The program proved to be a learning process for participating contractors.
“Builders were increasingly able to improve energy benefits in 5-Star homes as they realized the advantage of the incentives,” Hitchcock said.
“The 5-Star program began with a broad goal of producing energy-efficient, solar homes in target neighborhoods,” he added. “This required numerous changes and adaptations in response to market conditions, home buyers and builder needs.”
Besides solar installations, other areas where builders attained greater efficiency have included water heating, attic insulation, duct placement and selection of appliances.
Receiving a rating of five stars (20-0 on the HERS index) has earned a builder incentive of $50,000. The smallest incentive (for a one-star HERS rating of 45-36) was $25,000.
For builders, the 5-Star program has offered other potential benefits, including experience in green-building technologies, an increased marketing profile for such expertise, and homes projected to sell faster than comparably-priced models without the same efficiency features.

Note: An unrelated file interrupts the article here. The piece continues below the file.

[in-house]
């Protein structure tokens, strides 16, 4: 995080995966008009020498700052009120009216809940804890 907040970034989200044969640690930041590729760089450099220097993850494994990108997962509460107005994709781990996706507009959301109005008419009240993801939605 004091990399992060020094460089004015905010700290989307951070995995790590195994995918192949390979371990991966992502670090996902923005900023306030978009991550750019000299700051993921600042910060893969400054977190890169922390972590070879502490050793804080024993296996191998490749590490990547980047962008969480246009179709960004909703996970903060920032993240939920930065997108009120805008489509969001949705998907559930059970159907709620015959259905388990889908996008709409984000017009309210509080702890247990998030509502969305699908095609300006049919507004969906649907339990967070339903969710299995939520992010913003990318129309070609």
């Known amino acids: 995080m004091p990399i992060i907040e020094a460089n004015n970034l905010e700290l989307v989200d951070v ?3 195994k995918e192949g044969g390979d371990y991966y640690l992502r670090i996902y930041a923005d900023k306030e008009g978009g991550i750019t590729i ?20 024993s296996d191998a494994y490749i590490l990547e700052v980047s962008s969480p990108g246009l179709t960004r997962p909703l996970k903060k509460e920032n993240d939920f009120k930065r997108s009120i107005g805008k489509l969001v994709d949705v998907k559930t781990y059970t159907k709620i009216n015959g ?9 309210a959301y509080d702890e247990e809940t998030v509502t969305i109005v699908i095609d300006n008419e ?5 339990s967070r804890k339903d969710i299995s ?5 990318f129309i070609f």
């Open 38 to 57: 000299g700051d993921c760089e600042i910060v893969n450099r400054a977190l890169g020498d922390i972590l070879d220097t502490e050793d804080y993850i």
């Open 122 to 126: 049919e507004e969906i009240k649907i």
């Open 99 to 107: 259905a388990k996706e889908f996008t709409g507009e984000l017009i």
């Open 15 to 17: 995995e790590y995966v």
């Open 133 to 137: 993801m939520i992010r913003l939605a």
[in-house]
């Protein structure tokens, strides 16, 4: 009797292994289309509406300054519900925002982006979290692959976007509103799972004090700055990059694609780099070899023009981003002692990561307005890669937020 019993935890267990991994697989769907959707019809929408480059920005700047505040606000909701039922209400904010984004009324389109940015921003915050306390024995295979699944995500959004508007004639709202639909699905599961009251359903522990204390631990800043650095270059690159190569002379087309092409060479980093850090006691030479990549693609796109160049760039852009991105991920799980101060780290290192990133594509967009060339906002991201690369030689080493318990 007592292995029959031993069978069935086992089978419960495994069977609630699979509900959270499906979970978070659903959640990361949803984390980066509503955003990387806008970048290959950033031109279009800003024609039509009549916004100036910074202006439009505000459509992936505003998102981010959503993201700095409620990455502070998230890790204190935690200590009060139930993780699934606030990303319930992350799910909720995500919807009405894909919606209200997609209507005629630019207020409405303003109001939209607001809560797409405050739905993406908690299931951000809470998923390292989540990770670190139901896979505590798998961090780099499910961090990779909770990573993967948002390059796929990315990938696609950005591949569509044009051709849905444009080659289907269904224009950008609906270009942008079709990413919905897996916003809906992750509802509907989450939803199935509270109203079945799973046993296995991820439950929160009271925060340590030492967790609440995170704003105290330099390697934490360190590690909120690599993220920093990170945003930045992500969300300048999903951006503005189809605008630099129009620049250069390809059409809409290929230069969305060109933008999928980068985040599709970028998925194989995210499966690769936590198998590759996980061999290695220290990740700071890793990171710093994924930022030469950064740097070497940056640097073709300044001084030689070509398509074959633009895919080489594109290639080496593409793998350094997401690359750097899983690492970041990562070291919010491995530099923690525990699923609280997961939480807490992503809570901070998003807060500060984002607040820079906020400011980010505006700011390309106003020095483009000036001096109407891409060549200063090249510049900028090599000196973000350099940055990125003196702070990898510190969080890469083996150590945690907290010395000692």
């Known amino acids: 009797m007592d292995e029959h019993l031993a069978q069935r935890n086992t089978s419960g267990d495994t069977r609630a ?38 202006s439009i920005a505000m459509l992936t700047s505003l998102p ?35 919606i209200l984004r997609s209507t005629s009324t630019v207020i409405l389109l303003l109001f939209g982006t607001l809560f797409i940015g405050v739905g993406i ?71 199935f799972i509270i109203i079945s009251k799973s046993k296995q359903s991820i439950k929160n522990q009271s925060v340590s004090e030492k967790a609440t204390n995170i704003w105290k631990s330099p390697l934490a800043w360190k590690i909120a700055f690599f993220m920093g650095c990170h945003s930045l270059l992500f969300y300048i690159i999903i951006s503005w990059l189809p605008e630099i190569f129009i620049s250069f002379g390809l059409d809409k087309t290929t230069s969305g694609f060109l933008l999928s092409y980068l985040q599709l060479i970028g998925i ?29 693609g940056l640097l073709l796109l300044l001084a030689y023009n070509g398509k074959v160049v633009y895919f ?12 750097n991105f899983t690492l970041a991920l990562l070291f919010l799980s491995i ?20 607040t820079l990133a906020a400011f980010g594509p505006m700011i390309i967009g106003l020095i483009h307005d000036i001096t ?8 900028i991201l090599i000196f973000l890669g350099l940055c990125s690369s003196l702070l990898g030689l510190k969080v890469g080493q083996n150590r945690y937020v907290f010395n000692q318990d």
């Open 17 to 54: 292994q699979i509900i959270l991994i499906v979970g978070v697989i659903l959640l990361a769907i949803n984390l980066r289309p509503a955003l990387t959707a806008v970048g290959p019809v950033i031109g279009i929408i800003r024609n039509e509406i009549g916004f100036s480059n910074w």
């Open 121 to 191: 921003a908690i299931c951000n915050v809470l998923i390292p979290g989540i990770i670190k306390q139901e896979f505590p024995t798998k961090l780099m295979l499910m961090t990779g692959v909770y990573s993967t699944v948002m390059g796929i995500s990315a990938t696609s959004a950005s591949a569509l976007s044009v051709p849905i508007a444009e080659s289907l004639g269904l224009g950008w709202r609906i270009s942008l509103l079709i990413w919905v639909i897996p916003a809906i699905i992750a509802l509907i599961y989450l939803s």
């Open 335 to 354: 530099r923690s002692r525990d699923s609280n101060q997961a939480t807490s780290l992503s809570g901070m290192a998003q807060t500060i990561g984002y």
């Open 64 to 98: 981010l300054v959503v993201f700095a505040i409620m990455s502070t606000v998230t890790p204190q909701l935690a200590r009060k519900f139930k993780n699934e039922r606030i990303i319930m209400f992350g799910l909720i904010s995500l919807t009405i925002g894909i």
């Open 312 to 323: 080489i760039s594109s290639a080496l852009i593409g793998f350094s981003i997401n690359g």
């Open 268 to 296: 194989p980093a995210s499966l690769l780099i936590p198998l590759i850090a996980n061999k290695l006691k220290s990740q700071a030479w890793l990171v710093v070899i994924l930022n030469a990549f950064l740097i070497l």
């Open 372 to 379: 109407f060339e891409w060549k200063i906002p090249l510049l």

The initial and continuing potential benefit for buyers is obvious – lower energy costs – though an ultra-efficient HERS rating, in itself, doesn’t guarantee that. Occupants’ energy-use behavior can greatly affect energy use, too.
Still, the potential economic benefit for homeowners is considerable, as is the potential benefit for environmental improvement.
For the houses built to date, the total annual energy savings that are possible for residents, thanks to the various efficiency upgrades, is estimated at about $2,100 each compared with a conventional house.
For all those houses combined, the annual reduction in emissions of climate-changing carbon dioxide from power plants is estimated at about 368 tons.